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One Dog Killed, Others Injured in Deliberate Attack on the Iditarod

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A snowmachiner admitted to drunk driving after he repeatedly struck 2 separate Iditarod teams early Saturday morning in what appeared to be a deliberate attack, killing one dog and seriously injuring others.

Around 2 or 3am on Saturday morning, as musher Aliy Zirkle and her sled dog team were making their way toward the Nulato checkpoint, a snowmachiner repeatedly attempted to harm her and her team. One dog received a non-life threatening injury.  Jeff King (bib #61), who was behind Zirkle, experienced a similar incident 12-miles prior to his arrival at the Nulato checkpoint. This incident resulted in the death of Nash, a 3-year old male Husky. In addition, Crosby, a three-year-old male, and Banjo, a two-year-old male, received non-life threatening injuries.

Arnold Demoski, 26, had been out partying with friends on Friday night and says he became “black out drunk” before driving home on his snowmachine. He told the Alaska Dispatch News when he woke up Saturday morning he heard what had happened overnight on the Race trail, went to check on his snowmachine, saw the front panel missing, and immediately realized he was responsible. He called the village police officer right away and said he would cooperate with troopers.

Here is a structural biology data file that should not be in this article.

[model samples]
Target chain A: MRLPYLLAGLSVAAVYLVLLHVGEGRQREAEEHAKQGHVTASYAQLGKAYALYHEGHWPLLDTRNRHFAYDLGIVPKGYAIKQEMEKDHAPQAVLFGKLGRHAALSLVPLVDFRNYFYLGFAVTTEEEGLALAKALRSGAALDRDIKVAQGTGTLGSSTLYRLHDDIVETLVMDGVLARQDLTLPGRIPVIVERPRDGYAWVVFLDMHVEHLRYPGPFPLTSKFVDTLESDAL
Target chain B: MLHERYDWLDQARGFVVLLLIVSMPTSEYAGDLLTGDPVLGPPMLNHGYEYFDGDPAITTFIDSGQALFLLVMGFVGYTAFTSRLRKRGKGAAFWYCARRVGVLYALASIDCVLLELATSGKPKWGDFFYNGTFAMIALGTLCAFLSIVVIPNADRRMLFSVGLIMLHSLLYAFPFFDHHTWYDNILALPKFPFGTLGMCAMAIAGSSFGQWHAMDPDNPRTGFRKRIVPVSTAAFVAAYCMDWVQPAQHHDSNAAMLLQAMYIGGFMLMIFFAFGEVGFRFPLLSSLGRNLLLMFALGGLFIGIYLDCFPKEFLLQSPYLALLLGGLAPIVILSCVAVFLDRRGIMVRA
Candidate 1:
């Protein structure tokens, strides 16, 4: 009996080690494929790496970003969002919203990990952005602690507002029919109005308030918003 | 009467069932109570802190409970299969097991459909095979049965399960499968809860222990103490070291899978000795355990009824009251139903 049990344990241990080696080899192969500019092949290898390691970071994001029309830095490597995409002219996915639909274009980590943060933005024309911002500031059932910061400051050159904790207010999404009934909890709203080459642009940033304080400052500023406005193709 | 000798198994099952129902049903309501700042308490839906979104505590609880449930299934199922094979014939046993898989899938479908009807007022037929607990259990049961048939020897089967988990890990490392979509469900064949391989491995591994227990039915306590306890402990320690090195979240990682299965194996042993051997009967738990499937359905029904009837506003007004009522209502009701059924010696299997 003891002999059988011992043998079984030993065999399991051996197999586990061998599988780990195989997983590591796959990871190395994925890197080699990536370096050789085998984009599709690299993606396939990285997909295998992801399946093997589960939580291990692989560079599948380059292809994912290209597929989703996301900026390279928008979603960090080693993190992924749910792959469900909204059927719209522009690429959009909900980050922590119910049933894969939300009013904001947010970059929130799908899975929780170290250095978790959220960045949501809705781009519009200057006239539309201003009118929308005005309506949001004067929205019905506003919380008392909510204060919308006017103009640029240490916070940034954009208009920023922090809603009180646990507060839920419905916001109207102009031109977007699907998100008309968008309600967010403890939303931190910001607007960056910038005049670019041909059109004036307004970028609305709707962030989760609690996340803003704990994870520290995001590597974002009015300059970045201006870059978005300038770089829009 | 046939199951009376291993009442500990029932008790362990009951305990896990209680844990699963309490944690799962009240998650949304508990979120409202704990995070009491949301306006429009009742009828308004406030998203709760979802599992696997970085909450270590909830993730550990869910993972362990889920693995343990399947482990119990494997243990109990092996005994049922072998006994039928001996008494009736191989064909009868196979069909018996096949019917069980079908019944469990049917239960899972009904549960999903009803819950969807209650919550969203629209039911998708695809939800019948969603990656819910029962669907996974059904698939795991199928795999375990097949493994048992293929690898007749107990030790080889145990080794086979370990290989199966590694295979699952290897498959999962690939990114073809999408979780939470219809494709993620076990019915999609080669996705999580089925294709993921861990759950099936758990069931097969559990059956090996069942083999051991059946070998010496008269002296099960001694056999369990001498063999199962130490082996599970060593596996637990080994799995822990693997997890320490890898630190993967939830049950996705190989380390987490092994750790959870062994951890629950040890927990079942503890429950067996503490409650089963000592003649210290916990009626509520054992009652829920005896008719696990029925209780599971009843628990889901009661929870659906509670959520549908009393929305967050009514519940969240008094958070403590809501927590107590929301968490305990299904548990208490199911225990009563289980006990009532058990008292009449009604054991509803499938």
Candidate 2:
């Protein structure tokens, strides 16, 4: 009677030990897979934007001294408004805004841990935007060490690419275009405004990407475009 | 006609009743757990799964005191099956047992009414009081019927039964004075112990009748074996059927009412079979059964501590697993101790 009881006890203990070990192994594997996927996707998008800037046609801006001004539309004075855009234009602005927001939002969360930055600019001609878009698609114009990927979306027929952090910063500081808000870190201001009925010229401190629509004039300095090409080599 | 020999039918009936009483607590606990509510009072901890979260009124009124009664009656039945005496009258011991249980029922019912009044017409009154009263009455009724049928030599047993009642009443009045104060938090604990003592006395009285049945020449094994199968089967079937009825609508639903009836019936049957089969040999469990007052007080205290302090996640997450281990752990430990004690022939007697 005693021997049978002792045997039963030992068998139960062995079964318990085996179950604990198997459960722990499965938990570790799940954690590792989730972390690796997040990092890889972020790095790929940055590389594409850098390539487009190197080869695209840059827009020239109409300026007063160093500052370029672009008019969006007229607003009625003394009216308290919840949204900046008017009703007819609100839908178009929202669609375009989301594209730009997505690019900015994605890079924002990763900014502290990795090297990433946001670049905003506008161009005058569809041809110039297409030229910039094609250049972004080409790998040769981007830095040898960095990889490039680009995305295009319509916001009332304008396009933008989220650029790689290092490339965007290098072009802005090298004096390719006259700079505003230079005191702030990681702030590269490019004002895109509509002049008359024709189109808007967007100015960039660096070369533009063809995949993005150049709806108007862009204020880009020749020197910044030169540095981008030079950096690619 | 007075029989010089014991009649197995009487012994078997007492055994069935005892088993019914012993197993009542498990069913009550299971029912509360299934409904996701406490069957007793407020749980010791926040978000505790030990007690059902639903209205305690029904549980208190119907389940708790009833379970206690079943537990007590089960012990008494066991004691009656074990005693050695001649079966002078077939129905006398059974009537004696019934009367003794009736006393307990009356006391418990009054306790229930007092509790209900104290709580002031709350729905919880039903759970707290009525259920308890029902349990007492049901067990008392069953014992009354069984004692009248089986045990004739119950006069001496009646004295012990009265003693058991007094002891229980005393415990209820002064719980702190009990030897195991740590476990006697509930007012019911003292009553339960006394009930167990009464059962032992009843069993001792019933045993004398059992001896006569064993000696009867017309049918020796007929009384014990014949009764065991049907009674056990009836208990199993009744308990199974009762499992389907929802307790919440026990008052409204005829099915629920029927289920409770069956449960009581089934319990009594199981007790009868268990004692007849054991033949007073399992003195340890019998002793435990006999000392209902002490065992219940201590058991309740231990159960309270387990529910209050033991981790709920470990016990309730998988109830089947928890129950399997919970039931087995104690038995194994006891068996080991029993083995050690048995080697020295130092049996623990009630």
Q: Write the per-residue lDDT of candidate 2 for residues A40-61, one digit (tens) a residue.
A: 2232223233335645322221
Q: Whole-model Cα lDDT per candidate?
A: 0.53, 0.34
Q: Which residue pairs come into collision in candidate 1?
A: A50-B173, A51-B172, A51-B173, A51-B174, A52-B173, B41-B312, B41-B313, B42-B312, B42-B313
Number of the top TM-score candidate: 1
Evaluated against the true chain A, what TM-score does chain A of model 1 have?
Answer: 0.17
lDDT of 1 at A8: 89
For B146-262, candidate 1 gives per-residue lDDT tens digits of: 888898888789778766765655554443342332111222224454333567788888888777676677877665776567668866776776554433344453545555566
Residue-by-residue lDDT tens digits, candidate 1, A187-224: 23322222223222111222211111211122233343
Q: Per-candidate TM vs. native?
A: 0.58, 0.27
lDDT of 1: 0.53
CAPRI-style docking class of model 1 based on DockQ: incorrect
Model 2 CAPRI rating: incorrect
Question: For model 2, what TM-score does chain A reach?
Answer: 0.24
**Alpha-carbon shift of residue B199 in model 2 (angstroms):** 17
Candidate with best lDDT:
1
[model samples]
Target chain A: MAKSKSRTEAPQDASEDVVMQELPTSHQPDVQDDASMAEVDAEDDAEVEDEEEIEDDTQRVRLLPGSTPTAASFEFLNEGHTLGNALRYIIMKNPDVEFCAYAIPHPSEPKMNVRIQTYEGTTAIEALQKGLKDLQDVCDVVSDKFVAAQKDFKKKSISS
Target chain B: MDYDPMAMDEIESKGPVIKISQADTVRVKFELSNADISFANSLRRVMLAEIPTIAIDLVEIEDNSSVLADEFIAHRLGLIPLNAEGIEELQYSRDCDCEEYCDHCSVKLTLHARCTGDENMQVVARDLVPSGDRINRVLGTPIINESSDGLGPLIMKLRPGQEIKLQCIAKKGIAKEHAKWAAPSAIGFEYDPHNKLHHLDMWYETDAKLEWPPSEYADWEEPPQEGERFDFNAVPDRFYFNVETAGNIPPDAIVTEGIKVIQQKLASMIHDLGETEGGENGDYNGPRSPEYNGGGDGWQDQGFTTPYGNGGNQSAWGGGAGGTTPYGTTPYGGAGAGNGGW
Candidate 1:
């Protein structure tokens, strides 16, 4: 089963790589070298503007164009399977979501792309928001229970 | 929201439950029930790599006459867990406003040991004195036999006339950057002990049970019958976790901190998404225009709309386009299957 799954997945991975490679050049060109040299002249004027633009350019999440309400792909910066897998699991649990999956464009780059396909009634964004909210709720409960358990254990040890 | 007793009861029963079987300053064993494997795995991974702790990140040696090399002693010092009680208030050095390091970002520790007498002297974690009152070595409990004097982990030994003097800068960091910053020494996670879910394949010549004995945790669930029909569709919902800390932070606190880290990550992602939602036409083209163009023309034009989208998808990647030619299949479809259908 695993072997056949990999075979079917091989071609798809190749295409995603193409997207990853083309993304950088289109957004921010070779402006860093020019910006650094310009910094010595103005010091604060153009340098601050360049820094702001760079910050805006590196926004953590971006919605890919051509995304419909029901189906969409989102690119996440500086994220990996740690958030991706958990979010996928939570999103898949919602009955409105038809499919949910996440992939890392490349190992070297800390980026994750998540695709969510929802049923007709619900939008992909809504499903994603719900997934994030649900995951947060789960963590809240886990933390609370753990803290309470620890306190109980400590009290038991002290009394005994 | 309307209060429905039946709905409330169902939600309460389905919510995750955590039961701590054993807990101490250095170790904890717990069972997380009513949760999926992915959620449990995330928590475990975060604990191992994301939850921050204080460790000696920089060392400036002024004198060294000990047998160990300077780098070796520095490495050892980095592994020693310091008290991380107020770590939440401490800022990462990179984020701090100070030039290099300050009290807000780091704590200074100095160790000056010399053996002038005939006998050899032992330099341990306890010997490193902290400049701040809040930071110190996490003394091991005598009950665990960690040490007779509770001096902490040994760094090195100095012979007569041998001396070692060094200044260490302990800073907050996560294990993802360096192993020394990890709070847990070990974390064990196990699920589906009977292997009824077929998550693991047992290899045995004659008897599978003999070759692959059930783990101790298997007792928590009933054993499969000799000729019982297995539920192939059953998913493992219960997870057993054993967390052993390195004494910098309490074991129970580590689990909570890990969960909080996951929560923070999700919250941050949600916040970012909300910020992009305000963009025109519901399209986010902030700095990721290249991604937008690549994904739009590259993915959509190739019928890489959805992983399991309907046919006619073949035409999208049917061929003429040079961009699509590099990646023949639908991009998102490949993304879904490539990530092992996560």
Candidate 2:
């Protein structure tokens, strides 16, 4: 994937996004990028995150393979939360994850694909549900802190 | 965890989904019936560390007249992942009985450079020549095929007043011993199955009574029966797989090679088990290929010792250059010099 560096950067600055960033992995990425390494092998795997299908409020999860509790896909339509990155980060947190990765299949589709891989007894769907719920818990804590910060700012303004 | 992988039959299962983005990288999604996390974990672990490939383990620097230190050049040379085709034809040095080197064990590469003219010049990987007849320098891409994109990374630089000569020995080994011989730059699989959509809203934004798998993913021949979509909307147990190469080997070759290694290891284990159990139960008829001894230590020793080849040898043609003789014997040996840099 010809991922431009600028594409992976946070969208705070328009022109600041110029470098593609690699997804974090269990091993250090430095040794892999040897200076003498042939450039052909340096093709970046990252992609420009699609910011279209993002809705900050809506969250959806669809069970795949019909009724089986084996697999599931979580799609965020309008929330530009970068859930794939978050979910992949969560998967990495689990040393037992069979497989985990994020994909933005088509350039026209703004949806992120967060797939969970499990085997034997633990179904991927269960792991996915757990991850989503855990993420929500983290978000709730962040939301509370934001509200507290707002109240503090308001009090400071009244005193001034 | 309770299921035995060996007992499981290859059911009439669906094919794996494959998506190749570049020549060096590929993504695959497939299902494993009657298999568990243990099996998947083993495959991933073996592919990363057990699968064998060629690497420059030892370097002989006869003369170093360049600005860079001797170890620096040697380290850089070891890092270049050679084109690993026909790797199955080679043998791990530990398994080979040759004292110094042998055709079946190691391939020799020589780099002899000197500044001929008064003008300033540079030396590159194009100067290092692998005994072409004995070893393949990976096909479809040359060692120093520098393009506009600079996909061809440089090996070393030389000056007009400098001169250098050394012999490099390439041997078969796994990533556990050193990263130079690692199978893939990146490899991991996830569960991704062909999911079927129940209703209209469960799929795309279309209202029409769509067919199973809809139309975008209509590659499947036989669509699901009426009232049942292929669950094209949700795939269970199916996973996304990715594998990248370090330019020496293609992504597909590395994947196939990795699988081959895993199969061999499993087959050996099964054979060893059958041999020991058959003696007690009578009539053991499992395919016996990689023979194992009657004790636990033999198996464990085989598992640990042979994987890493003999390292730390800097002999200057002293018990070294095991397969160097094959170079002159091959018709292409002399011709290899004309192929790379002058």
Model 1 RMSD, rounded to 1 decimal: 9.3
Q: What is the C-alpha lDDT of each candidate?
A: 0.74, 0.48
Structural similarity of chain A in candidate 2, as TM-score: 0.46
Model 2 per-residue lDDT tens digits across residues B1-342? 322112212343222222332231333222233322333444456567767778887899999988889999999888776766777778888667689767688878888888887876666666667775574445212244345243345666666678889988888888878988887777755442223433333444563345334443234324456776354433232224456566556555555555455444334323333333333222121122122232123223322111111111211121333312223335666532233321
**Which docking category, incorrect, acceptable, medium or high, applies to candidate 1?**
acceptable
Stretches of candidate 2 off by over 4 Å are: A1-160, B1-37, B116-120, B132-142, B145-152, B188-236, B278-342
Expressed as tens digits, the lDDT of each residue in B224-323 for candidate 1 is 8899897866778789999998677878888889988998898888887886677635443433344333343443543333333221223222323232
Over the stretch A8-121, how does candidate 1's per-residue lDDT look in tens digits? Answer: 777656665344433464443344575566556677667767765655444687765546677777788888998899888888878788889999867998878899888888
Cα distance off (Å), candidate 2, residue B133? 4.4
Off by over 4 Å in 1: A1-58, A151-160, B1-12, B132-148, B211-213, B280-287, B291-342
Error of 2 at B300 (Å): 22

Demoski was arrested Saturday afternoon and at the home he shares in Nulato with his parents, said Alaska State Trooper Robert Nunley, who flew to the village from Galena. He is charged with second-degree assault, reckless endangerment, reckless driving and six counts of fifth-degree criminal mischief, Nunley said. More charges may be added.

A shaken, but stoic Jeff King described the horrific attack in an interview at the checkpoint:

King, who strongly supports dog safety on the Iditarod Trail, said he considered dropping out of the race after the death of Nash and injuries that took three more of his dogs out of the race, but finds comfort in continuing on what he described as probably the most beautiful, finest Iditarod he’s ever run. An advocate of “no dead dogs,” King said if he had somehow been at fault, he would likely have dropped out. Instead, he finds the silver linings. Had the snowmachine been just a few inches over, he would probably be dead.

The Iditarod Trail Committee noted that although the attacks set both Zirkle and King back in the more than 1,000-mile race from Anchorage to Nome, both teams plan to proceed with the competition.

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